It’s a real knee-knocker if you attempt it, but incredibly rewarding if you pull it off. Picture this. Say you have some skins on the line with your opponent, you’ve got no green to work with in a thick rough lie, he/she is snickering thinking you’ll be paying up and buying drinks. Little do they know, you have a secret weapon in your game, the flop shot. You take your swing, your golf ball lands close to the hole and stays, you save some shots and you steal one back from them.
The flop shot is one of the riskier shots in golf. It requires patience, plenty of practice with a good dose of guts. On the same note, it is not as scary as you think and is a shot many golfers have fun hitting. Personally, it is one of the best feelings to pull off a nice high flop shot that gets me out of trouble and helps me save par on a tough hole.
This great game of golf is also game of experience, and the more shots you have in your arsenal, the more you will see your scores improve. In this article, we will walk you through what exactly is a flop shot and will describe step-by-step how to successfully hit one.
What is a Flop Shot in Golf?
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A flop shot is a high-launching shot that lands softly on the green without much roll. It is typically a short distance shot and is used to maneuver around the green. The launch of a flop shot if exponentially higher than your typical chip shots around the green. A flop shot is unique because it typically requires an aggressive swing for relatively short distance. It is a shot that can be highly rewarding if you pull it off, but it requires plenty of practice before you put it in play.
Most times, this shot is used to help players save par in difficult situations. It is a useful option to have in your bag and can give you an edge over the competition.
When do you hit a Flop Shot in Golf?
Say your approach shot from the fairway lands in the rough just off the green, and there isn’t much green to work with. You can’t hit a bump-n-run or a normal chip shot because you know the golf ball will scoot and roll way past the hole. You want to eliminate roll, have your golf ball land near the hole and stay. This is where a flop shot comes in handy.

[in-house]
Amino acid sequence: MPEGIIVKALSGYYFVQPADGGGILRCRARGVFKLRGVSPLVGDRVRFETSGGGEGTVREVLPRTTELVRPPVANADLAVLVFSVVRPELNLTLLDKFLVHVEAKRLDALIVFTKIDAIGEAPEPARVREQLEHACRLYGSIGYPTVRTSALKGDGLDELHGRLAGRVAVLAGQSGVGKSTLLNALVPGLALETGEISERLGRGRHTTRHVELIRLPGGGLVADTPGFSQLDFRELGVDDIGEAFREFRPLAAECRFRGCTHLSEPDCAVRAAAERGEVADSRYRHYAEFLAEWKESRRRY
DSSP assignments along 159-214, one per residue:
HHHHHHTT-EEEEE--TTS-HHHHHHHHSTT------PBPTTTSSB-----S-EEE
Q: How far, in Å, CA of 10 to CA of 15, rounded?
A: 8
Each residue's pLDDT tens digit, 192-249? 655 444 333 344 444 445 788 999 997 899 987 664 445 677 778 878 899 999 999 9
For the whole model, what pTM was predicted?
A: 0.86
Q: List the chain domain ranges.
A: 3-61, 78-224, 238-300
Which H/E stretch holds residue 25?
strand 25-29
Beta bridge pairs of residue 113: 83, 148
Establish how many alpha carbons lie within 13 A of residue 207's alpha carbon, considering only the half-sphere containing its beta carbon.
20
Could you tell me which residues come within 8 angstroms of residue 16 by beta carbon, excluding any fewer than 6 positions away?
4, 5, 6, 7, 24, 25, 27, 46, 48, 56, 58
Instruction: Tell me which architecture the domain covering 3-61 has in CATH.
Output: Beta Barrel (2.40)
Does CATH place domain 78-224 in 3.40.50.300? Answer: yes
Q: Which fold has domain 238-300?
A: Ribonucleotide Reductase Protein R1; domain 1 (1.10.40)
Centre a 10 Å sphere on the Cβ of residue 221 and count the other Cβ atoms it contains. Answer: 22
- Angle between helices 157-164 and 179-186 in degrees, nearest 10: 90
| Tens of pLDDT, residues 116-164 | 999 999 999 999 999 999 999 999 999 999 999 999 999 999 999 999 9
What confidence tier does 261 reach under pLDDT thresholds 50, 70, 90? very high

There are other situations where the flop shot comes in handy as well. Say, on your next shot, your golf ball needs to clear a bunker, or a little stream of water that is separating it from the hole, and that there isn’t much green to work with. This is where a flop shot will work well.
It makes a huge difference when you’re putting from 6 feet away for par versus 20 feet. A flop shot has the ability to get your golf ball closer to the hole if executed properly. This takes a lot of stress of your game because golf is already so tough! The flop shot is also a creative way for you to manage your game around the green. Chances are, us average golfers are likely to miss the green on our approach shots, so the more tools we have in the bag to save that crucial par, the more you will see scores improve.
What Golf Club is the best for a Flop Shot?
The easiest golf club to use to execute a flop shot is a lob wedge. It has the most loft (typically 58, 60, 62 degrees) to begin with and is easier to ‘open’ the golf club even more to get more loft. However, keep in mind that this question really depends on what you already have in your bag for wedges. Some players do not like to hit lob wedges but may have sand wedges that are 56 degrees and lower. You can definitely hit flop shots with sand wedges as well. Rarely do players use pitching wedges or irons to hit flop shots.
Considerations When Hitting a Flop Shot
- Judging the lie